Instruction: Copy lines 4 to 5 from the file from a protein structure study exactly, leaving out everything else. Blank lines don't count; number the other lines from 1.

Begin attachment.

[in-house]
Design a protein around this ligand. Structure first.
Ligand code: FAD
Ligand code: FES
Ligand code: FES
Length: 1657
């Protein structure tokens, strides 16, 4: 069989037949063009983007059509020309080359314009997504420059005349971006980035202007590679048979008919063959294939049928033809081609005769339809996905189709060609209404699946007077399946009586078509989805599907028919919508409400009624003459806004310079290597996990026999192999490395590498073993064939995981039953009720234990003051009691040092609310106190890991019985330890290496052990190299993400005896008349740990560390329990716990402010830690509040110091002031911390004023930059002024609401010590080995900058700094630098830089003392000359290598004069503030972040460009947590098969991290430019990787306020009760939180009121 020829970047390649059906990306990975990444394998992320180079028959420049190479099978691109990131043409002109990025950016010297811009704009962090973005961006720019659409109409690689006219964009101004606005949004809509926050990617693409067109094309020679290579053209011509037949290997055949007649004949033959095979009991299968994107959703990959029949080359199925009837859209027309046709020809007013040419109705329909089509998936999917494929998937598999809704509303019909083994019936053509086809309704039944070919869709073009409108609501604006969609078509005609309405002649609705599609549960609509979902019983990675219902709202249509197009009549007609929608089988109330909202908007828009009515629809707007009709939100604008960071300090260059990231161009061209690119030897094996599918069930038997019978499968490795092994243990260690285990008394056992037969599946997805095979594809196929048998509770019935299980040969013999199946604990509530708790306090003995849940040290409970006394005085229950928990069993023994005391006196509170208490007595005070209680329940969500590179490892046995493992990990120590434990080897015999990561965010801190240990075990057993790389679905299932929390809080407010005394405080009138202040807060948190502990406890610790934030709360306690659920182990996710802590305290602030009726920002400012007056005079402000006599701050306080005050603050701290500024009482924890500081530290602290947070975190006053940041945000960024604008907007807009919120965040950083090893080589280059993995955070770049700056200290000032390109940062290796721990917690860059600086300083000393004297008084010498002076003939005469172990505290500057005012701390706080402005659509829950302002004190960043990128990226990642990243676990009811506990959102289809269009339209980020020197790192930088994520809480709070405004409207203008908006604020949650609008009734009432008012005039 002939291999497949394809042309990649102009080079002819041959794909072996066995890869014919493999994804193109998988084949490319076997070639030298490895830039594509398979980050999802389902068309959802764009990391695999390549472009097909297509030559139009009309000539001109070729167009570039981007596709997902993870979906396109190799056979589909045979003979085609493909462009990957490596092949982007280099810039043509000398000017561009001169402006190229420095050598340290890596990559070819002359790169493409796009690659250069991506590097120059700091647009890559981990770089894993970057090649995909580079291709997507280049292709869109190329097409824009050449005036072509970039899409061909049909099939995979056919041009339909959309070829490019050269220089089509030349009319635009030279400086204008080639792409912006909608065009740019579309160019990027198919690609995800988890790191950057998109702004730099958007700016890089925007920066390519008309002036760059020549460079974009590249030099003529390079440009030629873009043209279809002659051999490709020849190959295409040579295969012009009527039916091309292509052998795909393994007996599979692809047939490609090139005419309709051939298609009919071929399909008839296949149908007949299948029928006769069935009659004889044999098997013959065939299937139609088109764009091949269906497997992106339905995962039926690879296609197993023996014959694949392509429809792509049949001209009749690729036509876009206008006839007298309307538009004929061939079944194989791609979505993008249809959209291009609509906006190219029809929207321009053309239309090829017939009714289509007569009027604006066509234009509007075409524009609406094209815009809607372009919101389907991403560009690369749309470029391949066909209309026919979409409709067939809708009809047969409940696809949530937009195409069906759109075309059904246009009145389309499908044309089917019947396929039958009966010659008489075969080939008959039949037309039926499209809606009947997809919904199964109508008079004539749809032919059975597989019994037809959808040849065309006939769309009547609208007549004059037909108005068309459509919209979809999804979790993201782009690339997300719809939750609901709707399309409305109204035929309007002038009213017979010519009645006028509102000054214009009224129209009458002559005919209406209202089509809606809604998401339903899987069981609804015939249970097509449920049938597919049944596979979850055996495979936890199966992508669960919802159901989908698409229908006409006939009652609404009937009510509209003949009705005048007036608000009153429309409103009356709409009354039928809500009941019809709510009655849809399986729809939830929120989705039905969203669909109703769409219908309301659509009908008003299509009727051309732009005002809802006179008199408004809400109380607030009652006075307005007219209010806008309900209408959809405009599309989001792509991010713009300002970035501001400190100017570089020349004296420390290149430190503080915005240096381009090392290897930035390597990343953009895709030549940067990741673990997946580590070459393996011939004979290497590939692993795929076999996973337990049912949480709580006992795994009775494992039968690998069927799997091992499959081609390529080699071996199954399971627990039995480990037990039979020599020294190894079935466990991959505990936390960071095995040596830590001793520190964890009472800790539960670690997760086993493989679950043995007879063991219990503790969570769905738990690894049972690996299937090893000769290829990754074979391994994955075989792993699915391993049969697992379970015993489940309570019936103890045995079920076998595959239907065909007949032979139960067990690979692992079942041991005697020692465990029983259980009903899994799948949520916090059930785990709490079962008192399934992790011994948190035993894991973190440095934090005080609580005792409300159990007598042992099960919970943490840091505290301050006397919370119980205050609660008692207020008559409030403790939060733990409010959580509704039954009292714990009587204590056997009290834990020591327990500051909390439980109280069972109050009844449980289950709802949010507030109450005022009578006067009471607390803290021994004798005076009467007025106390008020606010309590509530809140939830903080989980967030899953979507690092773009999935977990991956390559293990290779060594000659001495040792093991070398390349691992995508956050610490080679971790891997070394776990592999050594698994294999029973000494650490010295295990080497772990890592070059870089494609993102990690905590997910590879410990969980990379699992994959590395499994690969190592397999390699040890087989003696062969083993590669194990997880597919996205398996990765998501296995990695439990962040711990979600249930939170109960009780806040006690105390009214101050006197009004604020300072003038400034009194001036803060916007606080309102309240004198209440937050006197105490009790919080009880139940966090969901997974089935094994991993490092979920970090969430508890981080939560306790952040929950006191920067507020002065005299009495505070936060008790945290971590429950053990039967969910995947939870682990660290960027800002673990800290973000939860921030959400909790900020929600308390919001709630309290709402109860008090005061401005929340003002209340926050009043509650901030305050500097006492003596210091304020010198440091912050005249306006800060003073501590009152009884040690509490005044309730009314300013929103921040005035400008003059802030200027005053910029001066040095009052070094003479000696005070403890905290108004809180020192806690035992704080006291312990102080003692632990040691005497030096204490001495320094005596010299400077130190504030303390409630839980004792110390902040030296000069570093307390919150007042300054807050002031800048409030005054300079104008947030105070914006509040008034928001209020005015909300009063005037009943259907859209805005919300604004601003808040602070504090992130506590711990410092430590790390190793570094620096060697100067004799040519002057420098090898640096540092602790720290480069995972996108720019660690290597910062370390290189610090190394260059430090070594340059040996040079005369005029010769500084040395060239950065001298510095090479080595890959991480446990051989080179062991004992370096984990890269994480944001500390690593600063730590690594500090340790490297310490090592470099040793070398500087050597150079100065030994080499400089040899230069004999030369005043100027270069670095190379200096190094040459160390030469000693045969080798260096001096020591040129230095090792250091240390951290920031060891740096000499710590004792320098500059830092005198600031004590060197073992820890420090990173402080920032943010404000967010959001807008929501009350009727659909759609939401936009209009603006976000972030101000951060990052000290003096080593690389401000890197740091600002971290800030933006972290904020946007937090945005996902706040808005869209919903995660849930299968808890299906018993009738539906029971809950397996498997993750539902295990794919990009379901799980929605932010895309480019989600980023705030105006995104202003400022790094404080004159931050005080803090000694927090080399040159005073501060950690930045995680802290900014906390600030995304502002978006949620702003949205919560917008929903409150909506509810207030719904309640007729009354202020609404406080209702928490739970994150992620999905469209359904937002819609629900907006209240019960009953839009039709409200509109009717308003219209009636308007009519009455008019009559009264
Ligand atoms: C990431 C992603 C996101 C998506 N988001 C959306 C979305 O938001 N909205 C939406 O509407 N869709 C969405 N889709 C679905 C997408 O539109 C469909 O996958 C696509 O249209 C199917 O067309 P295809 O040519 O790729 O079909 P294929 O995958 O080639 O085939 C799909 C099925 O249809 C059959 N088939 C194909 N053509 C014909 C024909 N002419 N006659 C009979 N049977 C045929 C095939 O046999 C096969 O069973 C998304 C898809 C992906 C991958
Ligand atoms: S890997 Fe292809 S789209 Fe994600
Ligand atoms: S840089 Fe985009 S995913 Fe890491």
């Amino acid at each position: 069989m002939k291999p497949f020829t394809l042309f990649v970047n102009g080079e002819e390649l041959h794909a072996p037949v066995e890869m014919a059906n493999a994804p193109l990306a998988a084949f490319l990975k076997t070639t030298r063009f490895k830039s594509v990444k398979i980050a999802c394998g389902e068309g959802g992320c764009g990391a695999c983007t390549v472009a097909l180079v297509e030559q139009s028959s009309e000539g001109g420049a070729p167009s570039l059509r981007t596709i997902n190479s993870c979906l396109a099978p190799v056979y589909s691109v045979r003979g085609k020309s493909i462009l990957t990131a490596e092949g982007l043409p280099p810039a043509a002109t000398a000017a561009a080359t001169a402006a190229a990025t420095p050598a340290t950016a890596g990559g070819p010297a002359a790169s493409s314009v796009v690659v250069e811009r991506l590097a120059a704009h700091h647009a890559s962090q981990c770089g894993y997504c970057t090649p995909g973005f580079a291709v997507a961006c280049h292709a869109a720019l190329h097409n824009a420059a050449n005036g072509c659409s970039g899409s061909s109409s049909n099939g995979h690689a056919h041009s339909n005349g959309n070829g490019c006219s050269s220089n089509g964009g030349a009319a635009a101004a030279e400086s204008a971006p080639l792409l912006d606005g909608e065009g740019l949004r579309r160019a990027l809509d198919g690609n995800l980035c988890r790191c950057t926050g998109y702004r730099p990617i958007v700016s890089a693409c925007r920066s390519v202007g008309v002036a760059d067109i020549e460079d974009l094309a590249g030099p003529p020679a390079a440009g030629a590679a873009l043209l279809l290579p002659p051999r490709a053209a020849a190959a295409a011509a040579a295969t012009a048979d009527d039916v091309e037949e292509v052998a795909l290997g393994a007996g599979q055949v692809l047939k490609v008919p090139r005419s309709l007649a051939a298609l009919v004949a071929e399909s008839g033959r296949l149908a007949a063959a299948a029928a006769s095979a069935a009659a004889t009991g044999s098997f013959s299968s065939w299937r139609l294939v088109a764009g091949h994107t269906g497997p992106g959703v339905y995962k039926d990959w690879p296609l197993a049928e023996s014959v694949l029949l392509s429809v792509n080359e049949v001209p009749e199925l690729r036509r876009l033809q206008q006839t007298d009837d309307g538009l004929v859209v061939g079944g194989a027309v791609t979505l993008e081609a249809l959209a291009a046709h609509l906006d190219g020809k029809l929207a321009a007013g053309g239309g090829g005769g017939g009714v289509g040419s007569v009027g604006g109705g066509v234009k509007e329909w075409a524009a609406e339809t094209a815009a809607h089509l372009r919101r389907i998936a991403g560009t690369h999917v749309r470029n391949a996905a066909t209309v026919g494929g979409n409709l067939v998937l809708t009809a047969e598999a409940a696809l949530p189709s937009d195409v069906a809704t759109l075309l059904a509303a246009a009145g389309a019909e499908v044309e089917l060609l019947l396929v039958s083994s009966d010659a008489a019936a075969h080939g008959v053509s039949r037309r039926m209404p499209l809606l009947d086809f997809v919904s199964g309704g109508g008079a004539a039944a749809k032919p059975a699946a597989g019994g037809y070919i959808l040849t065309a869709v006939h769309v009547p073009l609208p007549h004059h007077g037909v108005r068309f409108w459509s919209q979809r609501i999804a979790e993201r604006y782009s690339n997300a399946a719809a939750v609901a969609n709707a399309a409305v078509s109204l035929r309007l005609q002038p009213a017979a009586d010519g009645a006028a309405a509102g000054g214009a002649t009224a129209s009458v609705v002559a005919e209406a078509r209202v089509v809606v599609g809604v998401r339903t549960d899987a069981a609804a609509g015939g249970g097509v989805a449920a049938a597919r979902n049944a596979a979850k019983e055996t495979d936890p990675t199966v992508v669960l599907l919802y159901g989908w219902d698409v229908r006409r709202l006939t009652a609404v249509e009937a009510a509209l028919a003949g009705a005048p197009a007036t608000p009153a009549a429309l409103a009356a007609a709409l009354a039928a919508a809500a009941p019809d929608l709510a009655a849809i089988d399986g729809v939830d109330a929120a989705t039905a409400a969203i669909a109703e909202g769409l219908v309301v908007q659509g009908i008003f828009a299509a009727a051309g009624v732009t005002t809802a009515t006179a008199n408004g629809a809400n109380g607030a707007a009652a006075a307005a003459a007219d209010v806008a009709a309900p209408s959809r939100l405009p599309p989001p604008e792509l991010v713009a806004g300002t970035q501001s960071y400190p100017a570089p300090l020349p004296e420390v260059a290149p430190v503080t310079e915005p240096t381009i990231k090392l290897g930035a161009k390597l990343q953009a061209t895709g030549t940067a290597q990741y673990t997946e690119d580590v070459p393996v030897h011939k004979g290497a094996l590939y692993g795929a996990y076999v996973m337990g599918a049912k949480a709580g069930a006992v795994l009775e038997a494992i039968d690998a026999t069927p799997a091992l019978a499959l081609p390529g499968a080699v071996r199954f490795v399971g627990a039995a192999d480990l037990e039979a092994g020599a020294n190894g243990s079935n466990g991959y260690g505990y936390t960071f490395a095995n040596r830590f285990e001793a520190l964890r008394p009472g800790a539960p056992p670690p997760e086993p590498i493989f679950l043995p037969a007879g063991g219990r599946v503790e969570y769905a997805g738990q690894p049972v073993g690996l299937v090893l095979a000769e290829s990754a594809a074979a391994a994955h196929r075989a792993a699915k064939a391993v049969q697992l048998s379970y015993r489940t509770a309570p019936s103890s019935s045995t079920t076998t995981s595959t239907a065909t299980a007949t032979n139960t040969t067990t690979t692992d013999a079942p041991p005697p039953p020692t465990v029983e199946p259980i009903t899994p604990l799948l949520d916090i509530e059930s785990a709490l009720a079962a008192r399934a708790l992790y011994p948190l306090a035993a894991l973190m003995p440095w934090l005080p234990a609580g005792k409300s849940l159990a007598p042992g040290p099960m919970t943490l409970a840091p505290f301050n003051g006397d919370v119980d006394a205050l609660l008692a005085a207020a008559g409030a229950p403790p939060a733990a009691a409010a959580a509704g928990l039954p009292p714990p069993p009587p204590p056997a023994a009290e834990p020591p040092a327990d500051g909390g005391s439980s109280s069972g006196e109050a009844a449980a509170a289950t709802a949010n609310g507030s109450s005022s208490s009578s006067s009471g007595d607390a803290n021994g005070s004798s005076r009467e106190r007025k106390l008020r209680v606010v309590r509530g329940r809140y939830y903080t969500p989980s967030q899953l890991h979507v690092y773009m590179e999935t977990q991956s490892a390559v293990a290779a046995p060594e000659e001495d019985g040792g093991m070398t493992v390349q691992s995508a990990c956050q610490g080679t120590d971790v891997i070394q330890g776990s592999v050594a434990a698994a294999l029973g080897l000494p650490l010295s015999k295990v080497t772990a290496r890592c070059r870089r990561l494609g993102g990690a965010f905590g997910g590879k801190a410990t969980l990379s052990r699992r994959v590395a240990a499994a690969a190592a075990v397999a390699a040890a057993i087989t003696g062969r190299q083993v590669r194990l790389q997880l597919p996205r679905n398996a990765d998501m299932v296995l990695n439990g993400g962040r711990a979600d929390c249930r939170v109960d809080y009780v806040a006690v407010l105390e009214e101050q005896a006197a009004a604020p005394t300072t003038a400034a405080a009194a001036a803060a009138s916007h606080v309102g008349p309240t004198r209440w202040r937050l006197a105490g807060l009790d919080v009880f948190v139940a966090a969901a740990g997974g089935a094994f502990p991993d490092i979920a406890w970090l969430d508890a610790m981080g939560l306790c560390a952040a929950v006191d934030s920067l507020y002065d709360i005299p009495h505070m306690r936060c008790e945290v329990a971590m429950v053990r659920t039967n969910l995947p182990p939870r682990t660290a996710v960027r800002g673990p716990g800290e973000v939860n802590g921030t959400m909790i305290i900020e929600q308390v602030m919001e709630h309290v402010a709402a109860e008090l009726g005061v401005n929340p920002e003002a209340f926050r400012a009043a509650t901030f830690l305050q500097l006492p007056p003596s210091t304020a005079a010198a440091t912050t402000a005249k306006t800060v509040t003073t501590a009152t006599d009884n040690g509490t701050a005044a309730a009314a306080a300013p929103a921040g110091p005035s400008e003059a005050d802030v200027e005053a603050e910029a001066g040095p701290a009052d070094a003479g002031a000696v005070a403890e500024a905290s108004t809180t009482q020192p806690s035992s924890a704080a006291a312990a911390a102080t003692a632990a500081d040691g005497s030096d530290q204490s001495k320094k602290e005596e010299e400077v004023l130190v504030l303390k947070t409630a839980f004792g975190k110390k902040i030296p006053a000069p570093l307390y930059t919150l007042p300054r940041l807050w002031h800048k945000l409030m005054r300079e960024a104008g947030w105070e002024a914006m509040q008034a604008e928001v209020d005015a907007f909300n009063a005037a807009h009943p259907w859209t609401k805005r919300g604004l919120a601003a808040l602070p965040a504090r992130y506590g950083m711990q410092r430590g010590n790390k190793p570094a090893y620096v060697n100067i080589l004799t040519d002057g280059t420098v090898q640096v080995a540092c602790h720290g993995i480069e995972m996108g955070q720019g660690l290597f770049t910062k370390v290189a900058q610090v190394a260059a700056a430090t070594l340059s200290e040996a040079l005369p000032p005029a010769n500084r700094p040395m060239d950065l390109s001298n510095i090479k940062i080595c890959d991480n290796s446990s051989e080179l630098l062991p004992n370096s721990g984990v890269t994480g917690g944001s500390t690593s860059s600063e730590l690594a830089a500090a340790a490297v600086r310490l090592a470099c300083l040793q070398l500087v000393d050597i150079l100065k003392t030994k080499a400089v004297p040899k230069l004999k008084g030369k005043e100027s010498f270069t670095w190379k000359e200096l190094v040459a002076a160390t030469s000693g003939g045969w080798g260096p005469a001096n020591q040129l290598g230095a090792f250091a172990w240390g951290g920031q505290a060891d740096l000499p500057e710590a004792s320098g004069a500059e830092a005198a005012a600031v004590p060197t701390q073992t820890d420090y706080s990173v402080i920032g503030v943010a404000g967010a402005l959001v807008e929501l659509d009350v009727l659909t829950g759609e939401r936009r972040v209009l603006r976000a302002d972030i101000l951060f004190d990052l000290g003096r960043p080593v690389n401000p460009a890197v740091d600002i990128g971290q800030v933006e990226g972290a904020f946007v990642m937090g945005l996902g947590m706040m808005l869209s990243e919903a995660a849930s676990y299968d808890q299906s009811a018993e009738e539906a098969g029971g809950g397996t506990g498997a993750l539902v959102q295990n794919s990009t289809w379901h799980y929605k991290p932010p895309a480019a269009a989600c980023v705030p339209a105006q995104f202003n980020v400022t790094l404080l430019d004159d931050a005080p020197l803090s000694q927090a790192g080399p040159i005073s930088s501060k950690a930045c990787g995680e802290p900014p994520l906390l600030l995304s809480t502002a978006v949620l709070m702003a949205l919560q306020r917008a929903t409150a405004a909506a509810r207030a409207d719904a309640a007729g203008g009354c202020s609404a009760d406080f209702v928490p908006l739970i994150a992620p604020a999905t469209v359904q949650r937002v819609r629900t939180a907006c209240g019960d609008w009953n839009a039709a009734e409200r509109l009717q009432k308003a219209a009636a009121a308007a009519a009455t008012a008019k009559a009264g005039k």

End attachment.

Ligand code: FES
Ligand code: FES